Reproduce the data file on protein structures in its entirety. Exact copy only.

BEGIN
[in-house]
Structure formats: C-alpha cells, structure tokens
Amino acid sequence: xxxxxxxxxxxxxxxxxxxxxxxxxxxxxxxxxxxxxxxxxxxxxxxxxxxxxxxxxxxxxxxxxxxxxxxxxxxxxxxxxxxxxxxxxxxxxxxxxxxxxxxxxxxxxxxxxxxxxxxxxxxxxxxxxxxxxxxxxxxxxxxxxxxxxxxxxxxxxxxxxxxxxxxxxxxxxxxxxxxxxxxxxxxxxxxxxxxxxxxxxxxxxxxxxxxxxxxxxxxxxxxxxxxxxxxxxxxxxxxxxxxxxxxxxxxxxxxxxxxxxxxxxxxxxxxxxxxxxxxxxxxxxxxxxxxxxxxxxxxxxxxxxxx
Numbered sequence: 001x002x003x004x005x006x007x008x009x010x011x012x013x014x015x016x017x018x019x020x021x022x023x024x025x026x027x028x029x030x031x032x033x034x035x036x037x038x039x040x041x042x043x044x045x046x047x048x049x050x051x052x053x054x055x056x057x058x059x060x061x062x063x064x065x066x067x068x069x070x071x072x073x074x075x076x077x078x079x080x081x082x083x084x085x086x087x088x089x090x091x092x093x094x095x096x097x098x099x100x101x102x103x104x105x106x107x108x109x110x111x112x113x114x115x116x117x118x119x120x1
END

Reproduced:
[in-house]
Structure formats: C-alpha cells, structure tokens
Amino acid sequence: xxxxxxxxxxxxxxxxxxxxxxxxxxxxxxxxxxxxxxxxxxxxxxxxxxxxxxxxxxxxxxxxxxxxxxxxxxxxxxxxxxxxxxxxxxxxxxxxxxxxxxxxxxxxxxxxxxxxxxxxxxxxxxxxxxxxxxxxxxxxxxxxxxxxxxxxxxxxxxxxxxxxxxxxxxxxxxxxxxxxxxxxxxxxxxxxxxxxxxxxxxxxxxxxxxxxxxxxxxxxxxxxxxxxxxxxxxxxxxxxxxxxxxxxxxxxxxxxxxxxxxxxxxxxxxxxxxxxxxxxxxxxxxxxxxxxxxxxxxxxxxxxxxx
Numbered sequence: 001x002x003x004x005x006x007x008x009x010x011x012x013x014x015x016x017x018x019x020x021x022x023x024x025x026x027x028x029x030x031x032x033x034x035x036x037x038x039x040x041x042x043x044x045x046x047x048x049x050x051x052x053x054x055x056x057x058x059x060x061x062x063x064x065x066x067x068x069x070x071x072x073x074x075x076x077x078x079x080x081x082x083x084x085x086x087x088x089x090x091x092x093x094x095x096x097x098x099x100x101x102x103x104x105x106x107x108x109x110x111x112x113x114x115x116x117x118x119x120x1